Most people don’t form a self and then lead a life. They are called by a problem, and the self is constructed gradually by their calling.
The graduates are also told to pursue happiness and joy. But, of course, when you read a biography of someone you admire, it’s rarely the things that made them happy that compel your admiration. It’s the things they did to court unhappiness — the things they did that were arduous and miserable, which sometimes cost them friends and aroused hatred. It’s excellence, not happiness, that we admire most.
Finally, graduates are told to be independent-minded and to express their inner spirit. But, of course, doing your job well often means suppressing yourself. As Atul Gawande mentioned during his countercultural address last week at Harvard Medical School, being a good doctor often means being part of a team, following the rules of an institution, going down a regimented checklist.
Today’s grads enter a cultural climate that preaches the self as the center of a life. But, of course, as they age, they’ll discover that the tasks of a life are at the center. Fulfillment is a byproduct of how people engage their tasks, and can’t be pursued directly. Most of us are egotistical and most are self-concerned most of the time, but it’s nonetheless true that life comes to a point only in those moments when the self dissolves into some task. The purpose in life is not to find yourself. It’s to lose yourself.
Atul Gawande’s grad address, worth a read: http://www.newyorker.com/online/blogs/newsdesk/2011/05/atul-gawande-harvard-medical-school-commencement-address.html
Way overdue but better late than never: http://blogs.usdoj.gov/blog/archives/1346 (Reposting from AngryAsianMan)
Speaking of another person who didn’t do so well on standardized tests, I recently read Condoleezza Rice’s memoir–she voiced her support for affirmative action both in undergrad admissions and faculty hiring, based off of her experiences of 1) not doing so well on standardized tests and 2) her own hiring at Stanford as an assistant professor back in the day. She applied for a position that she wasn’t quite a good fit for, but then they asked her to give a talk anyway–they liked her and were able to do a targeted hire via an equity fund for faculty of color.
I had mixed feelings reading the book, but there are a lot of interesting insights related to education, both through her story and her parents, who were both lifelong educators. Her dad was literally a K-16 educator–started a kindergarten through his church (he was bi-vocational–full-time pastor, full-time high school teacher) and then went on to do higher ed admin at University of Denver. After his retirement he went on to develop academic support services for student-athletes at Stanford and university-community partnerships in East Palo Alto. It was pretty amazing to read about some of the young people he influenced through his youth programs in Birmingham–including Freeman Hrabowski, who lived nearby.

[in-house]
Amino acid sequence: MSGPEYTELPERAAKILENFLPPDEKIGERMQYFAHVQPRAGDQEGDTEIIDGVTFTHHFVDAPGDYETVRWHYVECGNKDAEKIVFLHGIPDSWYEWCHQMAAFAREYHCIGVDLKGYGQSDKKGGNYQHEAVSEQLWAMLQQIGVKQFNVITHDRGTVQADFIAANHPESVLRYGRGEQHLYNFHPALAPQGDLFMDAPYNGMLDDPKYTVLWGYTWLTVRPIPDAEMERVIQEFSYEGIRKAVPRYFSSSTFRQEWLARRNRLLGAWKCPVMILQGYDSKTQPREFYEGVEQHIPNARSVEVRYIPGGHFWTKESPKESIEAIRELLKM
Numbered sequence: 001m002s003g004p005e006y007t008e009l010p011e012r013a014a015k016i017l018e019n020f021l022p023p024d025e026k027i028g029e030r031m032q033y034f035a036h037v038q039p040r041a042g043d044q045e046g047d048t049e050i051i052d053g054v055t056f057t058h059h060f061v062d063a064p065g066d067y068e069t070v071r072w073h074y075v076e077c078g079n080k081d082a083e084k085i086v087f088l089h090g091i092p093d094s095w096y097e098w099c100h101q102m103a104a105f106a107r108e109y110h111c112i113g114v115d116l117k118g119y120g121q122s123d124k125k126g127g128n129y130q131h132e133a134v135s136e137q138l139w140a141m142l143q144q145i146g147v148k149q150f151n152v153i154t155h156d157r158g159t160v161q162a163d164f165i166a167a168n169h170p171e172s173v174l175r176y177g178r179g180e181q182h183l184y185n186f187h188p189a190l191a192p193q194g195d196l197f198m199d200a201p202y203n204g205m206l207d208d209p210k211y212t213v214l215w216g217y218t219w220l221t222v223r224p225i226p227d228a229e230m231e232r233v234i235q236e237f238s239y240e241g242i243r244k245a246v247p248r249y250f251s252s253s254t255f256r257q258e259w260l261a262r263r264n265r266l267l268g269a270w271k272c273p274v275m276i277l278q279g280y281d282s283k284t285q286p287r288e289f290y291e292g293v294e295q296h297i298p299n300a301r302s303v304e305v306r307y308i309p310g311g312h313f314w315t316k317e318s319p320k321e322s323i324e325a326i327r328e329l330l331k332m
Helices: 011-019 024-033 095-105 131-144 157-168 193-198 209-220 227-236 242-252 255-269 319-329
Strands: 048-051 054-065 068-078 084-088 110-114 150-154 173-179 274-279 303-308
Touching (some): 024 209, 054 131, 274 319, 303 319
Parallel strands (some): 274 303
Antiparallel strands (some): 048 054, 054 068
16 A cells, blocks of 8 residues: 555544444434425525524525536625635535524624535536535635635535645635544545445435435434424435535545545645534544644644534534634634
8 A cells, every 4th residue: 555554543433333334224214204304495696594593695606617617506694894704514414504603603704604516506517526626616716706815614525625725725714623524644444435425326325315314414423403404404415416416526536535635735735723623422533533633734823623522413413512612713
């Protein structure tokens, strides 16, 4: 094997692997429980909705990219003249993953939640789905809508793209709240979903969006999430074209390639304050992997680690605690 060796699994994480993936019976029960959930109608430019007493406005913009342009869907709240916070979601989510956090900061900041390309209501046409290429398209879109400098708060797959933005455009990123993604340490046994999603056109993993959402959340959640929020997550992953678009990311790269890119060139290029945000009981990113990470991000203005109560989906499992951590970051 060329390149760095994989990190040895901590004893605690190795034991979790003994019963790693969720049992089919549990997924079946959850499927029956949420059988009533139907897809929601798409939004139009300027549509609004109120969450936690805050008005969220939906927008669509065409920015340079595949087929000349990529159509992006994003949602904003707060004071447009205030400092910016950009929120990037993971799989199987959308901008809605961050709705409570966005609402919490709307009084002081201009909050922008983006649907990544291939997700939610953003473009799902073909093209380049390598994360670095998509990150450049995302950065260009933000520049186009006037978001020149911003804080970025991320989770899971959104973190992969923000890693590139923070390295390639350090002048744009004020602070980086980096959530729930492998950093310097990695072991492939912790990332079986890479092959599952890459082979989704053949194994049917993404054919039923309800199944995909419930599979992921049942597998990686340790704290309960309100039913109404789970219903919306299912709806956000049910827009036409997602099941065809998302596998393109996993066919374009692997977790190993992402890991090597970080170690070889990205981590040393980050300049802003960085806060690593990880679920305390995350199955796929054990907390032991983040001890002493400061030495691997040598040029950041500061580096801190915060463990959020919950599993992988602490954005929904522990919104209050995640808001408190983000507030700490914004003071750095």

The book also is a straight up case study in concentrated cultivation…but it also reminded me of complexities between race/class intersections, ie how Black middle-classness can be very different from White middle-classness due to wealth accumulation (or lack thereof).
Both had job offers, but at different Catholic schools. The two are quite religious, and handled the crisis as they had handled many before it.
“I suppose some people would have gone to church and prayed,” Ms. Doria said.
“We went to our favorite Japanese restaurant,” Ms. Dente said. “Whenever we have a problem, we go eat.” …
And so it came to pass, Ms. Doria-Dente continued on, the bond intact. This is their 45th year working together. “Some people would say God answered our prayers,” Ms. Doria said.
“Or,” Ms. Dente said, “we might have just picked the right restaurant.”
I don’t know what I love the most about this article. It’s rich fodder for a race/ethnicity/religion analysis, but I think the best part is that they get a POLO SHIRT for participating. It could only be better if they threw in some towels and a complimentary church calendar.
New article by grad school pal Kim Griffin and Richard Reddick in AERJ:
Previous research documents Black professors’ heavy service commitments and time spent mentoring; yet little work explores how this form of faculty work differs by gender. This intersectional analysis examines narratives of 37 Black professors at three institutions (collected across two studies), focusing on how race and gender shape Black professors’ expectations and experiences mentoring. Findings indicate that racism and sexism influence whether and how Black faculty members mentor in unique ways. Women engage in close, personal relationships and face high gender-based expectations regarding student contact, leading to their carriage of a heavy mentoring burden. Men are more formal and compartmentalize their relationships, partly due to perceived visibility and surveillance, as well as increased likelihood of accusations of inappropriate relationships with female students.